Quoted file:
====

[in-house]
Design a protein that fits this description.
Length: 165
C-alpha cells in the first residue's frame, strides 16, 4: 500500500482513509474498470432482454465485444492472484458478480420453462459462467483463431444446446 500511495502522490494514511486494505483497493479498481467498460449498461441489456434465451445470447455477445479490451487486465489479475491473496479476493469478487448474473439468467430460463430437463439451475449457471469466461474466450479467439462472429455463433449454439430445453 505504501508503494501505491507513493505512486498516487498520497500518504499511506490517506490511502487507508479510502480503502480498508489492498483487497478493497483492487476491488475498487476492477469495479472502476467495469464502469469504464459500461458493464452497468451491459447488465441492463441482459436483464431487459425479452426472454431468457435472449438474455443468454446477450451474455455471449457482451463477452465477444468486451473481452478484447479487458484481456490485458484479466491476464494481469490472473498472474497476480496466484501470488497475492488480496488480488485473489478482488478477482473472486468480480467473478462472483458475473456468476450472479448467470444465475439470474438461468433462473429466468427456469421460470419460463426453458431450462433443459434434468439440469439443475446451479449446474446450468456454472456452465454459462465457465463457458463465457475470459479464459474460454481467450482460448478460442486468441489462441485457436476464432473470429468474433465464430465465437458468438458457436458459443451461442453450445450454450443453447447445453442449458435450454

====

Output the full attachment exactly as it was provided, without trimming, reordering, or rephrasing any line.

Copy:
[in-house]
Design a protein that fits this description.
Length: 165
C-alpha cells in the first residue's frame, strides 16, 4: 500500500482513509474498470432482454465485444492472484458478480420453462459462467483463431444446446 500511495502522490494514511486494505483497493479498481467498460449498461441489456434465451445470447455477445479490451487486465489479475491473496479476493469478487448474473439468467430460463430437463439451475449457471469466461474466450479467439462472429455463433449454439430445453 505504501508503494501505491507513493505512486498516487498520497500518504499511506490517506490511502487507508479510502480503502480498508489492498483487497478493497483492487476491488475498487476492477469495479472502476467495469464502469469504464459500461458493464452497468451491459447488465441492463441482459436483464431487459425479452426472454431468457435472449438474455443468454446477450451474455455471449457482451463477452465477444468486451473481452478484447479487458484481456490485458484479466491476464494481469490472473498472474497476480496466484501470488497475492488480496488480488485473489478482488478477482473472486468480480467473478462472483458475473456468476450472479448467470444465475439470474438461468433462473429466468427456469421460470419460463426453458431450462433443459434434468439440469439443475446451479449446474446450468456454472456452465454459462465457465463457458463465457475470459479464459474460454481467450482460448478460442486468441489462441485457436476464432473470429468474433465464430465465437458468438458457436458459443451461442453450445450454450443453447447445453442449458435450454